I started smoking at age 20. Deliberately. Of my own volition. Primarily for the stimulant effect and secondarily to defy the goddamn anti-smoking meddlers... their disingenuous, logical fallacy-laden TV commercials really induced my rage.

      I collected approximately nine pack-years of cigarette smoking.

      I broke the nicotine physical addiction several times over those years (zero nicotine intake for 3+ weeks); however, what kept dragging me back to smoking was the fact that I mentally identified myself as a smoker. Smoking was part of my identity, which meant that cessation was always in dichotomous tension between "health" and "self". To put it in perspective, I likely self-identified more strongly with the term "smoker" than the term "American".

      I quit my smoking habit permanently the day I had my first e-cig delivered in 2009. A few months later I tried a single cigarette, found the taste revolting, and haven't smoked since then. Smoking is unwieldy and a serious inconvenience during the winter (I never smoked inside my domicile). Downsides of quitting smoking included having my sense of taste/smell return... the world is revolting and ignorance is bliss.

      Notwithstanding, after several years of "vaping" e-cigs inside our home no one has ever been able to tell—my life partner would tell me, because she hates the smell of cigarettes and always comments whenever we are near someone who recently smoked.

      I have given e-cigs to all my smoker friends and relatives. All of these people have subsequently quit smoking (some of these smokers had been engaged in the habit for 30+ years). In fact, they all quit using nicotine altogether, leaving me as the sole remaining individual in my monkeysphere who cultivates a nicotine addiction.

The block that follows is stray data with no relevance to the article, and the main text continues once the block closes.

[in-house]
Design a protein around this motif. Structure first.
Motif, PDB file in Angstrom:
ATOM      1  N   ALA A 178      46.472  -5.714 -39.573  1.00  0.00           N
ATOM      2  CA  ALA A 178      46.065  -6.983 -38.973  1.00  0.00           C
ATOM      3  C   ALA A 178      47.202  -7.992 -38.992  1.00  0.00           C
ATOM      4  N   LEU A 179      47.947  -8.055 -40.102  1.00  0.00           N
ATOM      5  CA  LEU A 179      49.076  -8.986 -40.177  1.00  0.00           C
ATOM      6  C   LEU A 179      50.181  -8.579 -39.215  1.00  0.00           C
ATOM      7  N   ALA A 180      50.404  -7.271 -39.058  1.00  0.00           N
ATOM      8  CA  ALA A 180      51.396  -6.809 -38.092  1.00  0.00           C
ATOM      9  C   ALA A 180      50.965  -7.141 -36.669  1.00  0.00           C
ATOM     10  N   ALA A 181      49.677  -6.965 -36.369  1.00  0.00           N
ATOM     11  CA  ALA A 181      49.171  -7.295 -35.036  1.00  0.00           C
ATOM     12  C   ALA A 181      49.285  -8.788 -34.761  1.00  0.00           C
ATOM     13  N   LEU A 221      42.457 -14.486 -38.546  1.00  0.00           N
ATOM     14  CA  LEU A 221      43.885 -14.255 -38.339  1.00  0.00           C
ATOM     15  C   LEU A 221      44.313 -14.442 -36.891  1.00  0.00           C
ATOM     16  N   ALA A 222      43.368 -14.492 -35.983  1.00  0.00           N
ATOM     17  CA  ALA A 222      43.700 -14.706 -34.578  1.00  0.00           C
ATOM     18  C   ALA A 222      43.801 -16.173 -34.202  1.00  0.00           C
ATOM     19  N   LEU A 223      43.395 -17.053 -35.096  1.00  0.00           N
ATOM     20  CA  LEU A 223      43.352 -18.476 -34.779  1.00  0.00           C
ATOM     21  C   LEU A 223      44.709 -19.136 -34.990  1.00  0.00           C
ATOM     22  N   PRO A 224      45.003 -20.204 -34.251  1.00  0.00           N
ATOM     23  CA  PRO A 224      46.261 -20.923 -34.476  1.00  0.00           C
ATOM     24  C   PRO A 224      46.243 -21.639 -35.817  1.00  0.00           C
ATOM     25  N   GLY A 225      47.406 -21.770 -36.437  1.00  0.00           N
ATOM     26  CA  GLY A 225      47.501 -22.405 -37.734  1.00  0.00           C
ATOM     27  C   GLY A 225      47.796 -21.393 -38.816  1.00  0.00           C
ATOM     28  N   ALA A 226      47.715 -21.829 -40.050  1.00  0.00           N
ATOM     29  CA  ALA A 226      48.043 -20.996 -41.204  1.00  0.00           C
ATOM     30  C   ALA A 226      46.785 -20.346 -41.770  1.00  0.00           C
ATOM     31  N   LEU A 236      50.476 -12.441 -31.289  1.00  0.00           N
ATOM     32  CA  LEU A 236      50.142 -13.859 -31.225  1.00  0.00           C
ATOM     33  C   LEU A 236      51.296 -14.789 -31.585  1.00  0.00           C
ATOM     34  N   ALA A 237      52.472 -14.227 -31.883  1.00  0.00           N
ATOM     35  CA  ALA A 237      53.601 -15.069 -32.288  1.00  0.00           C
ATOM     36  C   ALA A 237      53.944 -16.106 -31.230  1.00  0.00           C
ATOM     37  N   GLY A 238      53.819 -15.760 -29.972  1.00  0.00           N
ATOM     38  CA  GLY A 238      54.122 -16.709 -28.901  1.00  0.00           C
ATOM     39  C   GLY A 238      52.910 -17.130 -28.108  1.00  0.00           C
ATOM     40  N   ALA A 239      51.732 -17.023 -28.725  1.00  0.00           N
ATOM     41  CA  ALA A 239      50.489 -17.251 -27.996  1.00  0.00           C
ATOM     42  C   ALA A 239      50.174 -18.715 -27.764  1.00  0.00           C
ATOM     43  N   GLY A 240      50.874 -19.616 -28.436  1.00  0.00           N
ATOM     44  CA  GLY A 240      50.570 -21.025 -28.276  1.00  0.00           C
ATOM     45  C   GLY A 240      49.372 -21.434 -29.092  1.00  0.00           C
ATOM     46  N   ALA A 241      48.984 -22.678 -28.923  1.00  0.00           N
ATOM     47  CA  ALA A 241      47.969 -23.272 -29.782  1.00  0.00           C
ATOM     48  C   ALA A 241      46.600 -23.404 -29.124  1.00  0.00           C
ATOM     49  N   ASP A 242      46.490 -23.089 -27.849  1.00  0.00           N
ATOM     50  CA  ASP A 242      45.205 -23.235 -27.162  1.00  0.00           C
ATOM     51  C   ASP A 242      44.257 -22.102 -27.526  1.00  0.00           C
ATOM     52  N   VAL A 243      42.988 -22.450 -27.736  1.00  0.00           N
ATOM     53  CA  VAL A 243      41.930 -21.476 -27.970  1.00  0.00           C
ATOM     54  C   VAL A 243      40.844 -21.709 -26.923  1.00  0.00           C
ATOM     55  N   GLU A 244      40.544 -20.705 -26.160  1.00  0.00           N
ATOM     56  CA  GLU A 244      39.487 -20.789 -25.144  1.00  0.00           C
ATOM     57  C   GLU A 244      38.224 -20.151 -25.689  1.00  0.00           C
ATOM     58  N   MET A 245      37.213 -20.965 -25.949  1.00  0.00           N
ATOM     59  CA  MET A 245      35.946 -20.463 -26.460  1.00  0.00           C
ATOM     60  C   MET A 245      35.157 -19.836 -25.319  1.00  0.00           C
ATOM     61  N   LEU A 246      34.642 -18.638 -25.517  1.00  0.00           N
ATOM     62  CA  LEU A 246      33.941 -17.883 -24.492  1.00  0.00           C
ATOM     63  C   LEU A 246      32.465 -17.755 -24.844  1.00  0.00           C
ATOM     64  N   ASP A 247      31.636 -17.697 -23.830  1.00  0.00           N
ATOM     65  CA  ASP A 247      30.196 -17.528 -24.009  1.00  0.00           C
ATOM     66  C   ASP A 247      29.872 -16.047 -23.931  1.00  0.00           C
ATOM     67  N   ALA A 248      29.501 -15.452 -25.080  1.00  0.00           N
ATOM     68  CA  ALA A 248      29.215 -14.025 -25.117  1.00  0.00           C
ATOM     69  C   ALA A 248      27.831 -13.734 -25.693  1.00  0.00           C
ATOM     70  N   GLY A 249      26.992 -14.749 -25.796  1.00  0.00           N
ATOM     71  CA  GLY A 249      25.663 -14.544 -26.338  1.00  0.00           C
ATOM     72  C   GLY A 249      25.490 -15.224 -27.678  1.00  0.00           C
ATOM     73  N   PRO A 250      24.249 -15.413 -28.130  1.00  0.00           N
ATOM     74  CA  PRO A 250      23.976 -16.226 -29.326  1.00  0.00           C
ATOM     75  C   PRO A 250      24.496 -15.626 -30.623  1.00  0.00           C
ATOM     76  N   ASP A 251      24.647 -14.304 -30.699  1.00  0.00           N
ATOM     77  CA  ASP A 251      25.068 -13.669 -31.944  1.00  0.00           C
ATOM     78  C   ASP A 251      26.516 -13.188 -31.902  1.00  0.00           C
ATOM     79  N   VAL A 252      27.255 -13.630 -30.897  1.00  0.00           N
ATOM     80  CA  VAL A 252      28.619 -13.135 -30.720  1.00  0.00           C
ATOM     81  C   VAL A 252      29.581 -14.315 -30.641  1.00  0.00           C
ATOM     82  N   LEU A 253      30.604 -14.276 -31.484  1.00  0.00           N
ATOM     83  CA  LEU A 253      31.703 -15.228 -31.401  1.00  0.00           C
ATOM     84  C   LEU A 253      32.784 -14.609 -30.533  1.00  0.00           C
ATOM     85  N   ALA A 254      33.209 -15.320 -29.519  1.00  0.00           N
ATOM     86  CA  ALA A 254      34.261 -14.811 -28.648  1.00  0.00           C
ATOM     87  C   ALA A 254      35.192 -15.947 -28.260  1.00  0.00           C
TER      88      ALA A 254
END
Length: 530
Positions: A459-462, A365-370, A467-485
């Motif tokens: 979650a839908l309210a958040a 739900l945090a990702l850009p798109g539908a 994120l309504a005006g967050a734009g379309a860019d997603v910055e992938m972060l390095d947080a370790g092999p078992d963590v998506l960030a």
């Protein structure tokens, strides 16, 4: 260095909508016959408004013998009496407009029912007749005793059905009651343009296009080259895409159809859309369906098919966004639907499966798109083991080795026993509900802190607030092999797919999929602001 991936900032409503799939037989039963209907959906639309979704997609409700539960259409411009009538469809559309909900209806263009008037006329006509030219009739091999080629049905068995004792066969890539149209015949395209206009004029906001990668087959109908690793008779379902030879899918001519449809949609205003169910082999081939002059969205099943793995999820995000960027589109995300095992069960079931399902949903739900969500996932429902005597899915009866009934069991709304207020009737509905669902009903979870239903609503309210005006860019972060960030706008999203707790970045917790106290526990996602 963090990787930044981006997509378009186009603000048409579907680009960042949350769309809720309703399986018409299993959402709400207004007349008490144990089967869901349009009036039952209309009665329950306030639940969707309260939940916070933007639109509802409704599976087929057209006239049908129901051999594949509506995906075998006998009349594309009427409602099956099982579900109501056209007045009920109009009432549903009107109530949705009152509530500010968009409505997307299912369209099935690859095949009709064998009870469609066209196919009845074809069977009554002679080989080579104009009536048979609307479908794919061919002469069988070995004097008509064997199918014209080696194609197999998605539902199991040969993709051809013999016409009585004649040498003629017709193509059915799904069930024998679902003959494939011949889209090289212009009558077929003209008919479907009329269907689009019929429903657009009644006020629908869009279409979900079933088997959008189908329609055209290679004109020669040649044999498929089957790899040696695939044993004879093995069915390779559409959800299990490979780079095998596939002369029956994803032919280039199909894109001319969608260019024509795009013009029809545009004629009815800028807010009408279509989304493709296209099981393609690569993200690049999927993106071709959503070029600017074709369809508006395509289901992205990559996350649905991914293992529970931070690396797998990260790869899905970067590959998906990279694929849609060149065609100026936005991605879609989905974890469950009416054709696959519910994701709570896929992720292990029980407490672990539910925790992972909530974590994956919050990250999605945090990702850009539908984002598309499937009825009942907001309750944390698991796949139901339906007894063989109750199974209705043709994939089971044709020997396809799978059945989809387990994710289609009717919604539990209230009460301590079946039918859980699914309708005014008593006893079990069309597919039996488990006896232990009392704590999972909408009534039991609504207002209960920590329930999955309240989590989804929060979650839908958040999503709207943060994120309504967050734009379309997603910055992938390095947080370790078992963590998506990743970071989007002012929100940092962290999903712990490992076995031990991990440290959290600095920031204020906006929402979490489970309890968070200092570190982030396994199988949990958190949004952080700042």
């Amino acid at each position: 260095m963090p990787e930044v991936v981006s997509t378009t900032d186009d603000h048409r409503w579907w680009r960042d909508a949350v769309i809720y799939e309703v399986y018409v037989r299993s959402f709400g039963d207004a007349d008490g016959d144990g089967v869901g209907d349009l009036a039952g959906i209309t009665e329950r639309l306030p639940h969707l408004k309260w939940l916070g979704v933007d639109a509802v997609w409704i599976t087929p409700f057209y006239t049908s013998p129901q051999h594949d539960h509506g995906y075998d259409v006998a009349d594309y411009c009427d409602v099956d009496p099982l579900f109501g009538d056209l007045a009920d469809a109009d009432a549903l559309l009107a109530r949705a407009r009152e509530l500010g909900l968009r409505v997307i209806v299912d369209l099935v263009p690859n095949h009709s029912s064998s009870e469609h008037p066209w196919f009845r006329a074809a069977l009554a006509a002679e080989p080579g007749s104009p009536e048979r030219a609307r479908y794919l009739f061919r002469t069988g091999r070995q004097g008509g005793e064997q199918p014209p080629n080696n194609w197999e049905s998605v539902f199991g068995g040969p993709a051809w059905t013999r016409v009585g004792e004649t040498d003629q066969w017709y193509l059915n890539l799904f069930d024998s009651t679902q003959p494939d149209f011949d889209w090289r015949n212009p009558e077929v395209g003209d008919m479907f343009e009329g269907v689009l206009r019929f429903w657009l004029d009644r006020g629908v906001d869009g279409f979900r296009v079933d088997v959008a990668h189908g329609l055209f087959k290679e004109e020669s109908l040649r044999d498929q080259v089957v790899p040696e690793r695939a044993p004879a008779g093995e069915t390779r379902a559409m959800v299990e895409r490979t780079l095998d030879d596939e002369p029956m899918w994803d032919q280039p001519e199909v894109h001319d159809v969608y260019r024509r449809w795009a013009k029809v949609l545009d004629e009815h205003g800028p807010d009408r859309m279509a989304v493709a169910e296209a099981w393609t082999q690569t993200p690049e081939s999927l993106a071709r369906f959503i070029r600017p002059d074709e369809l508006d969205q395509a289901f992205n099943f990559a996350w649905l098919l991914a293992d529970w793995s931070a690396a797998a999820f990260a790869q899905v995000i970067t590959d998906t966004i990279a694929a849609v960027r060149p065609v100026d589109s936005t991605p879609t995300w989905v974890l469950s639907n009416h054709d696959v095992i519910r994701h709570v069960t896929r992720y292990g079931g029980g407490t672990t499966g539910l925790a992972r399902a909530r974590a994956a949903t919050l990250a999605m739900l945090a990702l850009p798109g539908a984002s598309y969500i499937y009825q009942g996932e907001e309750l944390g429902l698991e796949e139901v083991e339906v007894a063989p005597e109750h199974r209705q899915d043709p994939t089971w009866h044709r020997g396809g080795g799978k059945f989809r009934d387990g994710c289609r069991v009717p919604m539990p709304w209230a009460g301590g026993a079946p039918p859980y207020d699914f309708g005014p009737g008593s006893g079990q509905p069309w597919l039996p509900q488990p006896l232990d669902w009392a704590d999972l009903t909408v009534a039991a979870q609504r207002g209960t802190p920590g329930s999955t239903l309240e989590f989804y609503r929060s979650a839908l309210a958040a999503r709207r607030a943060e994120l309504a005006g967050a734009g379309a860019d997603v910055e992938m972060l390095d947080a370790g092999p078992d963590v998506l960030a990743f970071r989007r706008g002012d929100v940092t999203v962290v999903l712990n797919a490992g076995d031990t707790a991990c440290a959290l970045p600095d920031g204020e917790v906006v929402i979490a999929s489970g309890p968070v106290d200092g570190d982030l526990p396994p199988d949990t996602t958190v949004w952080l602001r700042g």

• After I quit smoking, every time I saw an anti-smoking ad on TV, I got a genuine urge for a cigarette.
        A few times I gave in and went across the road to buy some. Trouble was then, I couldn't buy anything less than a 20-pack - 10 packs were outlawed 20 odd years ago, so I ended up smoking the entire pack before "quitting again".

        Made me wonder if the tobacco companies had input in to the TV ads.

    • Cigarettes and coffee is also known as the supermodel diet.

      The cigarettes act as an appetite suppressant and the coffee as a stimulant.
      No need for food... unless you want to live a long and healthy life that is.

  • I quit using Swedish SNUS [wikipedia.org] which broke the oral fixation/habit of puffing on a smoke while providing the nicotine my body craved. I tapered off using Swedish SNUS within six months, and while I still have cravings occasionally I haven't started smoking again. Please note I didn't use the American versions of SNUS, I ordered real "Swedish" brands that are imported. - HEX